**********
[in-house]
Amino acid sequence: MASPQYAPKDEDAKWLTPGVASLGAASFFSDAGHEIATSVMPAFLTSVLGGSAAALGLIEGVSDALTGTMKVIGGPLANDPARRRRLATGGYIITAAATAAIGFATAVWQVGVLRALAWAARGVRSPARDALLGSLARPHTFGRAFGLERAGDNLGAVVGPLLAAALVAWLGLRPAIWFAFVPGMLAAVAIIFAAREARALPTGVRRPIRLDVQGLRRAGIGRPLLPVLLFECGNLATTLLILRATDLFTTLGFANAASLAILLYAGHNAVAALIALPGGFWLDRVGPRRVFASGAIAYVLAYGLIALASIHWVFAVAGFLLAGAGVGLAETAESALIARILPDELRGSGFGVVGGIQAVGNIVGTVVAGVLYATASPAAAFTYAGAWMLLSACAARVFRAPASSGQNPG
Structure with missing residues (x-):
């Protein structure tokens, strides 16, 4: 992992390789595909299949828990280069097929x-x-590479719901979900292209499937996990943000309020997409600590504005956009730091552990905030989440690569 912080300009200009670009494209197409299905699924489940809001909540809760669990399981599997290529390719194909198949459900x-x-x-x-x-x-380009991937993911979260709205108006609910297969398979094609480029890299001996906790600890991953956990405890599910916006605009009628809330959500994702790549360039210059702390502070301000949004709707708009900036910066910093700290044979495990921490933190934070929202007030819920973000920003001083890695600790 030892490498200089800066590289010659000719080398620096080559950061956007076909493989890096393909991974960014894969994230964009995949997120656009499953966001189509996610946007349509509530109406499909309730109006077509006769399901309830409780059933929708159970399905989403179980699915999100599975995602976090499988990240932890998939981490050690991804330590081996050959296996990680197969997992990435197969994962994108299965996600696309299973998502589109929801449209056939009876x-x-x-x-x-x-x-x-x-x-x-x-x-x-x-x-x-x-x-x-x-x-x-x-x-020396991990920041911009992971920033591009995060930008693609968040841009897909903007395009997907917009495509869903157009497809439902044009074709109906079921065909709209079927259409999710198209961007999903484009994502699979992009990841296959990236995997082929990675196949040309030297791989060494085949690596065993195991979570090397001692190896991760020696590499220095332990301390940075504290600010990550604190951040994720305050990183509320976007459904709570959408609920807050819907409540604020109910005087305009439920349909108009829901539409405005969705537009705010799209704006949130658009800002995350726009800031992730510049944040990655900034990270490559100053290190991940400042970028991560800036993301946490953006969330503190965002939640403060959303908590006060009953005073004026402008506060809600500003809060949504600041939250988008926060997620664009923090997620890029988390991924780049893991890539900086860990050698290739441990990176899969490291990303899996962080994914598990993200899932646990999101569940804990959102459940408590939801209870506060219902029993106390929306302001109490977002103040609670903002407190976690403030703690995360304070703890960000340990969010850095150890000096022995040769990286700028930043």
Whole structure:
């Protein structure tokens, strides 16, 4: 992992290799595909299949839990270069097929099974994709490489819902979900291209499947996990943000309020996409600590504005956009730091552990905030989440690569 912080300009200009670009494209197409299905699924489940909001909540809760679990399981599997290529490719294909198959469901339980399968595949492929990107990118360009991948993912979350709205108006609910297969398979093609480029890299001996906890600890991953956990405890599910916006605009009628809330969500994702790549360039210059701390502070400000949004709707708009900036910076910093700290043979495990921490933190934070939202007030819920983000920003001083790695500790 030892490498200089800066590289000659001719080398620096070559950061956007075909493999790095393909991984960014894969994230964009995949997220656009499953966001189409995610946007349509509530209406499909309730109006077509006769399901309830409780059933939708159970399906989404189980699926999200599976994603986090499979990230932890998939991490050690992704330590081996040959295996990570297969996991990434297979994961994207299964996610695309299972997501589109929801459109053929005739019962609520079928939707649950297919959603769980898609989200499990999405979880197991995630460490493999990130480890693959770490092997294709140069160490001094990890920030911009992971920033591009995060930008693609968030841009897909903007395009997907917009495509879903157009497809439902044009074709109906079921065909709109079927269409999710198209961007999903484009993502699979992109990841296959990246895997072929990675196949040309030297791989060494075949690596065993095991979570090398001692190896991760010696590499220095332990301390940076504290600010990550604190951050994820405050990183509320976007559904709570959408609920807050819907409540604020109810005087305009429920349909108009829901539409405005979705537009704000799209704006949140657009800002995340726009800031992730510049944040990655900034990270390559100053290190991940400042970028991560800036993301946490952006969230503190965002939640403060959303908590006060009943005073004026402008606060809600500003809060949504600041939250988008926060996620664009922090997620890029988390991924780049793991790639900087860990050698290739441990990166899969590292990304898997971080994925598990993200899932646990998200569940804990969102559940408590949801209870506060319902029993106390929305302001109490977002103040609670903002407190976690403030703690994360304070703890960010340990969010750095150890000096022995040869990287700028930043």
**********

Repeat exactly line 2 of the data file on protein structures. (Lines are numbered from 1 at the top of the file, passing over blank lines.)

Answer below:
Amino acid sequence: MASPQYAPKDEDAKWLTPGVASLGAASFFSDAGHEIATSVMPAFLTSVLGGSAAALGLIEGVSDALTGTMKVIGGPLANDPARRRRLATGGYIITAAATAAIGFATAVWQVGVLRALAWAARGVRSPARDALLGSLARPHTFGRAFGLERAGDNLGAVVGPLLAAALVAWLGLRPAIWFAFVPGMLAAVAIIFAAREARALPTGVRRPIRLDVQGLRRAGIGRPLLPVLLFECGNLATTLLILRATDLFTTLGFANAASLAILLYAGHNAVAALIALPGGFWLDRVGPRRVFASGAIAYVLAYGLIALASIHWVFAVAGFLLAGAGVGLAETAESALIARILPDELRGSGFGVVGGIQAVGNIVGTVVAGVLYATASPAAAFTYAGAWMLLSACAARVFRAPASSGQNPG